A new technique for 3D imaging of non-transparent subjects can be used to track developing organisms
Much biomedical research seeks to investigate what’s beneath the skin, revealing the hidden mechanics of our organs and cells. But these inner workings impact the surface too, and getting the whole picture requires monitoring every aspect. For example, to learn fundamental facts of animal development, researchers often track the early interior growth of a fruit fly – a common scientific test subject – in minute detail, but stop when the fly takes shape and monitoring becomes more challenging. A new technique for 3D imaging of objects provides the opportunity to continue the study further, allowing the subtle surface dynamics of a developing subject to be precisely tracked over time, and the large-scale consequences of microscopic events observed. The technique records colour and doesn’t require the subjects to be transparent or x-rayed – a limitation of previous approaches – and in initial tests and showcases has revealed details of flies, tadpoles, and even LEGO.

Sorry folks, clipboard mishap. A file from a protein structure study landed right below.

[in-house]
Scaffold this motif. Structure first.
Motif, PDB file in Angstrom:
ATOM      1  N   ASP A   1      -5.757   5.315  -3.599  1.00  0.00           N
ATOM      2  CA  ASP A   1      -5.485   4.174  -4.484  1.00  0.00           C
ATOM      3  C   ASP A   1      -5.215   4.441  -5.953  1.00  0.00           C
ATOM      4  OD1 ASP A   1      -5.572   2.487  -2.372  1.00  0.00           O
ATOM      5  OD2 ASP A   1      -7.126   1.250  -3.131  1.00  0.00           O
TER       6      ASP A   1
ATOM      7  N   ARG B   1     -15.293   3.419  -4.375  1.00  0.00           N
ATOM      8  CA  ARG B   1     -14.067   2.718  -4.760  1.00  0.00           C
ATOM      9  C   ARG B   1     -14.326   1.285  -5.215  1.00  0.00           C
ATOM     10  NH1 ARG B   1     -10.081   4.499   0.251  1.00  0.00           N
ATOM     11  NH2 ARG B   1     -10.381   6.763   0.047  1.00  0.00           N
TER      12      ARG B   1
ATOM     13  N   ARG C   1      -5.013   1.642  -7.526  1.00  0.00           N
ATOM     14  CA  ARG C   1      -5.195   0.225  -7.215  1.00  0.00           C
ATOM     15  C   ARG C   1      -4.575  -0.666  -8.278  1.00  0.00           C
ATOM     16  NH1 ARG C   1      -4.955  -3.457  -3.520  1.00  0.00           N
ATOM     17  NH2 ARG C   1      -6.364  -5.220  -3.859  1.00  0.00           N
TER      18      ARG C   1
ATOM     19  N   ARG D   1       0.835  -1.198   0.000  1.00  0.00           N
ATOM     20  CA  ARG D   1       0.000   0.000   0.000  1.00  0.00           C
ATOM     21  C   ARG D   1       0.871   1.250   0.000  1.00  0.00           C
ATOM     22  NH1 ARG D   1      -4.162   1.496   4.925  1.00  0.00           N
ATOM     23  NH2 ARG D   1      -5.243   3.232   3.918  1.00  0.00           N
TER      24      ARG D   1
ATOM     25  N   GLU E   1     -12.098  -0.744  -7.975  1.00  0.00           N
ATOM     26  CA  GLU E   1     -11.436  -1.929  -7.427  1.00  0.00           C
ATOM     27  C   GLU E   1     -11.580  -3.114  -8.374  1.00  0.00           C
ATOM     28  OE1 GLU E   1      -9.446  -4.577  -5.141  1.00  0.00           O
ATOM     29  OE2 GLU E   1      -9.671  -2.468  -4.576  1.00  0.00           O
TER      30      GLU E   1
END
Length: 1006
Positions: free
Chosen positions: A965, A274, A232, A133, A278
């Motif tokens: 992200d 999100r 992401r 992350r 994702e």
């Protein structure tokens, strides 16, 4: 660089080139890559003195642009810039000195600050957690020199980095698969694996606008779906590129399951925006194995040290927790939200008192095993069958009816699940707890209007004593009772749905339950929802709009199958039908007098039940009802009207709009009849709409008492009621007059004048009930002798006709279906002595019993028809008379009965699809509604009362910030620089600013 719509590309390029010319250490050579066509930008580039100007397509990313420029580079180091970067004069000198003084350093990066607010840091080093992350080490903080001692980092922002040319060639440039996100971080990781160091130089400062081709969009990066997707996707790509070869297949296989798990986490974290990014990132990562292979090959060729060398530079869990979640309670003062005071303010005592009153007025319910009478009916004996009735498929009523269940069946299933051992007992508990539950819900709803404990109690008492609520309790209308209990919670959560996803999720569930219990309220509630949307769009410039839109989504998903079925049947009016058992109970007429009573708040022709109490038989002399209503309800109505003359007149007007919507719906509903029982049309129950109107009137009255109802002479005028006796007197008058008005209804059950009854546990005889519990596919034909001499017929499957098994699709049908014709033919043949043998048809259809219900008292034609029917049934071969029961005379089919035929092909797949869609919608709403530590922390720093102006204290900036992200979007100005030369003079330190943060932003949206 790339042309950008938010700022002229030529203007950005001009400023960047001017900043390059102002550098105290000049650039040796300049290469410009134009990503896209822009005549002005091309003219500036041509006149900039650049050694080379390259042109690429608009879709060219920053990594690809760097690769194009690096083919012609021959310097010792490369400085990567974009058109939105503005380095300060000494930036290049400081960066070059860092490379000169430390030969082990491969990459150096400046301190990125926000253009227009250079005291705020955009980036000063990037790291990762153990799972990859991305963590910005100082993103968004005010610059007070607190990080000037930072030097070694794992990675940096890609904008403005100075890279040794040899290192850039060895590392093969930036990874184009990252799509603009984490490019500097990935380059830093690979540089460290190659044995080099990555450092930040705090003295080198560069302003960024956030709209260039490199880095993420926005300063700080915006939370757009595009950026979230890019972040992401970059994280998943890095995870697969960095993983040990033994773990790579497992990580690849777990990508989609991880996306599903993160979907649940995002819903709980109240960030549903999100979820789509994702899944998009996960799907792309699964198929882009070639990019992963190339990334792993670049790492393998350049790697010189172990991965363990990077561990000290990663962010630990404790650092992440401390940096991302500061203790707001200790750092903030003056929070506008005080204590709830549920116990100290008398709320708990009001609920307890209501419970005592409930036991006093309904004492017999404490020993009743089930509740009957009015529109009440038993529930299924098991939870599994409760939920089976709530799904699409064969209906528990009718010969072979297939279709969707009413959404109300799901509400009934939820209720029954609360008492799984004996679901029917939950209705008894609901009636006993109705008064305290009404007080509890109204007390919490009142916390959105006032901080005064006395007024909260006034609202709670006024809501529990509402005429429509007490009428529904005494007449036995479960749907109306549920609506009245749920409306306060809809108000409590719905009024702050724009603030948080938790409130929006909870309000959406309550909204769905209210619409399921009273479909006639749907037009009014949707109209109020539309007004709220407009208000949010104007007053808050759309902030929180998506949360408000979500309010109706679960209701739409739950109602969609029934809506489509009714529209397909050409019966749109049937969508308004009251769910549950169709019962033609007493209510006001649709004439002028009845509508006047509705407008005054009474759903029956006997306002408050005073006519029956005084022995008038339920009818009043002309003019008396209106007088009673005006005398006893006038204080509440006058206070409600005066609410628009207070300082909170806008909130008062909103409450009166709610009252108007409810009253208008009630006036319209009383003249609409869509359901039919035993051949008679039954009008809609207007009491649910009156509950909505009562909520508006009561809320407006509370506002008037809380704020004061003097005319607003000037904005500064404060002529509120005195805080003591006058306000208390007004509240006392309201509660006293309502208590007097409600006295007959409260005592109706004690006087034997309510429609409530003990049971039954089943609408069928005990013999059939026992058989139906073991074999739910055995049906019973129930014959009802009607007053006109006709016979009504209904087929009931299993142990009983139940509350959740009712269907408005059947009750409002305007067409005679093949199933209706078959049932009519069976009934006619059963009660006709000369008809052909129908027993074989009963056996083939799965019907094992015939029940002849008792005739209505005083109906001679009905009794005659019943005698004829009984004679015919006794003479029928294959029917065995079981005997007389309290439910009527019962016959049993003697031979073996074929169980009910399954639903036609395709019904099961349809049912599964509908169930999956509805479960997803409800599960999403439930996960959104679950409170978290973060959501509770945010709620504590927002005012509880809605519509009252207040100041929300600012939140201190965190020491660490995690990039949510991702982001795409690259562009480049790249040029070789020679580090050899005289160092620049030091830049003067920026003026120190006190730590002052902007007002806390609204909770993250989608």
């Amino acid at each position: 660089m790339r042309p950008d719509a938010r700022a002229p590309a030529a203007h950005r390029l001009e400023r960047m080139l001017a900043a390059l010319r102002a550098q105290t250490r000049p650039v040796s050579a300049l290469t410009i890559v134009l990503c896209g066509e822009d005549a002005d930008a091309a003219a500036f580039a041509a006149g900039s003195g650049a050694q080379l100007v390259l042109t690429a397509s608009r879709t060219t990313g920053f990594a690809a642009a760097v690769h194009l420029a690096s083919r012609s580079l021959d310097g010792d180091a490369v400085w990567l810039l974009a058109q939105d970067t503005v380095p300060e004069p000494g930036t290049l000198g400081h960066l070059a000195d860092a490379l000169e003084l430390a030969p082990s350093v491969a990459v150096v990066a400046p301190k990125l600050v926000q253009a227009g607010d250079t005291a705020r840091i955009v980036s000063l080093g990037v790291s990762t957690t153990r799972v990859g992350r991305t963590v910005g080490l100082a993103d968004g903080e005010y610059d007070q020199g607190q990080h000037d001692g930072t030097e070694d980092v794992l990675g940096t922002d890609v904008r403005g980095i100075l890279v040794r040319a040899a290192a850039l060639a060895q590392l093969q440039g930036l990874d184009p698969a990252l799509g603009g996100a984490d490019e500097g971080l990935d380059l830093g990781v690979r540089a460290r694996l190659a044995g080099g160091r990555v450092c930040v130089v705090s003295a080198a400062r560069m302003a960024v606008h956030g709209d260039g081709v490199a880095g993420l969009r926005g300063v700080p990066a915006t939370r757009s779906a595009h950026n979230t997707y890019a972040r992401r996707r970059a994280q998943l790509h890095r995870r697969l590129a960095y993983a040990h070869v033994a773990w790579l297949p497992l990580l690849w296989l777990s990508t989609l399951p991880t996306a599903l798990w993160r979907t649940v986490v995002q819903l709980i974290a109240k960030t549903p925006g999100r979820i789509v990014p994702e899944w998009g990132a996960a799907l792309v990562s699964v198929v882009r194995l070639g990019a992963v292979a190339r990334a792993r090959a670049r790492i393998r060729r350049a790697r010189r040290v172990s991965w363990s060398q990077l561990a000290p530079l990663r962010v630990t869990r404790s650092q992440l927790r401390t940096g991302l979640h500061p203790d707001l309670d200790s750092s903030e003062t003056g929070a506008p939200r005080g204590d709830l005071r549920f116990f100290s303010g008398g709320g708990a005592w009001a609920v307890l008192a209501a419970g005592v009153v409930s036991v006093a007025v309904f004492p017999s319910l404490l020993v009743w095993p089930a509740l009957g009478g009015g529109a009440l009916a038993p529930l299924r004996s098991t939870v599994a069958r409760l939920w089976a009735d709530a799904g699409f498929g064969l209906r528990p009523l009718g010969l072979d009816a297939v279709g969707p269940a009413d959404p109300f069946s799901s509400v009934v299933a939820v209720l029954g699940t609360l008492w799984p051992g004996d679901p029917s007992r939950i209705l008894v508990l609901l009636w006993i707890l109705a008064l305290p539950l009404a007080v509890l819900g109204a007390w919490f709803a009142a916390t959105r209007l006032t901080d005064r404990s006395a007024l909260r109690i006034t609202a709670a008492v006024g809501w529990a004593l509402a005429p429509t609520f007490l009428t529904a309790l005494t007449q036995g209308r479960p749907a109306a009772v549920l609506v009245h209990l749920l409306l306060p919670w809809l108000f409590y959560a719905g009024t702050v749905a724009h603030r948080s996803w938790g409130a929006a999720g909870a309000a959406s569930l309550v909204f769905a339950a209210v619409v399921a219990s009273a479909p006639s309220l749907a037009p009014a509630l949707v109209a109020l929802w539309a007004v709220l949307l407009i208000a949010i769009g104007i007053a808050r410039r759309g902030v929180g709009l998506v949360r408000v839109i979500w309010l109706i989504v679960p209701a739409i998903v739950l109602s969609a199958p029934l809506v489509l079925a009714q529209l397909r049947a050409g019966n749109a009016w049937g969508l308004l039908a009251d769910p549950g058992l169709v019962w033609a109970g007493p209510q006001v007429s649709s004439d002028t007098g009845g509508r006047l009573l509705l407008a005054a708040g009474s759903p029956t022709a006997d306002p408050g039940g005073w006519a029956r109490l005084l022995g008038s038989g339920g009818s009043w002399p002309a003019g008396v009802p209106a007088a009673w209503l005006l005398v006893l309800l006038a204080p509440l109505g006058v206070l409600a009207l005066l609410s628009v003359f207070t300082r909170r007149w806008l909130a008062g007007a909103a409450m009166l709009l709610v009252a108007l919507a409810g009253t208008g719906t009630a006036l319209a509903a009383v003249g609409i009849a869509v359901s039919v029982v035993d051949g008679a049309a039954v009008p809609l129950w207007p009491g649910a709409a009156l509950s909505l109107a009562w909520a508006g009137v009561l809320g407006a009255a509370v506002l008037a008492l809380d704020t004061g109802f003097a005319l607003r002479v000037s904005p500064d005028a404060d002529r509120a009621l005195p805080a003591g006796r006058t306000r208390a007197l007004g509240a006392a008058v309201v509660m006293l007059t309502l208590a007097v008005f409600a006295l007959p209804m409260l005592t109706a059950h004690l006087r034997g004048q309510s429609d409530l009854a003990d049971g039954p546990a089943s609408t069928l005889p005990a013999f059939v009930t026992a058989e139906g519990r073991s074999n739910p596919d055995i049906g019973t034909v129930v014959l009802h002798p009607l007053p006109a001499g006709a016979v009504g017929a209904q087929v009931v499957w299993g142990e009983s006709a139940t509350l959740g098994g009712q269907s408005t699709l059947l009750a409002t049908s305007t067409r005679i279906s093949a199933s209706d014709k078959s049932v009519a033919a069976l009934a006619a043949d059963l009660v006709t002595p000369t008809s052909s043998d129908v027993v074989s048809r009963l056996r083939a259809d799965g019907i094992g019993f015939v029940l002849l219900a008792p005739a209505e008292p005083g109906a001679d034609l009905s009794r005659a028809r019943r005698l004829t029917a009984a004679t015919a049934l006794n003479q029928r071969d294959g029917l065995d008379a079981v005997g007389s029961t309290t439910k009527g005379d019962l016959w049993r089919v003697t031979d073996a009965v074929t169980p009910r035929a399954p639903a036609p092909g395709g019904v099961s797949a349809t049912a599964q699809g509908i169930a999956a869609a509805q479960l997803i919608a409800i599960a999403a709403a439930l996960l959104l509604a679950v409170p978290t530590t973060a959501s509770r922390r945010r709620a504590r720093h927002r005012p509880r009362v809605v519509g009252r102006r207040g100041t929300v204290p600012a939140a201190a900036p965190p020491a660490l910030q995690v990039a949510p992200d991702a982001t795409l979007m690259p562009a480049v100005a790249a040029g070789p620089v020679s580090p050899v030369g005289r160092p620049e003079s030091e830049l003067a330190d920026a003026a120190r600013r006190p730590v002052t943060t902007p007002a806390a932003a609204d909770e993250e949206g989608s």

BPoD stands for Biomedical Picture of the Day. Managed by the MRC London Institute of Medical Sciences the website aims to engage everyone, young and old, in the wonders of biomedicine. Images are kindly provided for inclusion on this website through the generosity of scientists across the globe.
BPoD is also available in Catalan at www.bpod.cat with translations by the University of Valencia.